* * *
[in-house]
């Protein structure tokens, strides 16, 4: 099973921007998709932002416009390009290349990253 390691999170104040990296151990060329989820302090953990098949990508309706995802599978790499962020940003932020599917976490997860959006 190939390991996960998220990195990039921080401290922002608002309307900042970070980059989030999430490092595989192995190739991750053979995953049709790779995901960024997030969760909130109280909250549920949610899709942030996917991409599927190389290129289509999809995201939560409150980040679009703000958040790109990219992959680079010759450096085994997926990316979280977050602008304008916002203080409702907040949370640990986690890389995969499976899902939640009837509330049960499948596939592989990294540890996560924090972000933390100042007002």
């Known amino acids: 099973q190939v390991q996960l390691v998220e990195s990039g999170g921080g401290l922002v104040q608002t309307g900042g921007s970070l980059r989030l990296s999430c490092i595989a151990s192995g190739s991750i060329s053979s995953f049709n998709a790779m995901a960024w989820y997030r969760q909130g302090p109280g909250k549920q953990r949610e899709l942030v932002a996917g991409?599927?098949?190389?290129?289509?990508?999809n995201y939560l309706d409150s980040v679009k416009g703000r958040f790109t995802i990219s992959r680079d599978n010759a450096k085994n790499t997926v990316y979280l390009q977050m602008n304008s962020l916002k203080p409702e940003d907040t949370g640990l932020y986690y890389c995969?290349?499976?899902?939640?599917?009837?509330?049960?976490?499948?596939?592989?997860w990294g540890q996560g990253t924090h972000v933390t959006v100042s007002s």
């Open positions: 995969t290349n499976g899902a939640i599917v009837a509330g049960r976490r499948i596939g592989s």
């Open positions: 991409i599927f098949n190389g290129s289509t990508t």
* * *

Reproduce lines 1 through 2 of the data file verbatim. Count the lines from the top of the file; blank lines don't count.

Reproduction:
[in-house]
């Protein structure tokens, strides 16, 4: 099973921007998709932002416009390009290349990253 390691999170104040990296151990060329989820302090953990098949990508309706995802599978790499962020940003932020599917976490997860959006 190939390991996960998220990195990039921080401290922002608002309307900042970070980059989030999430490092595989192995190739991750053979995953049709790779995901960024997030969760909130109280909250549920949610899709942030996917991409599927190389290129289509999809995201939560409150980040679009703000958040790109990219992959680079010759450096085994997926990316979280977050602008304008916002203080409702907040949370640990986690890389995969499976899902939640009837509330049960499948596939592989990294540890996560924090972000933390100042007002």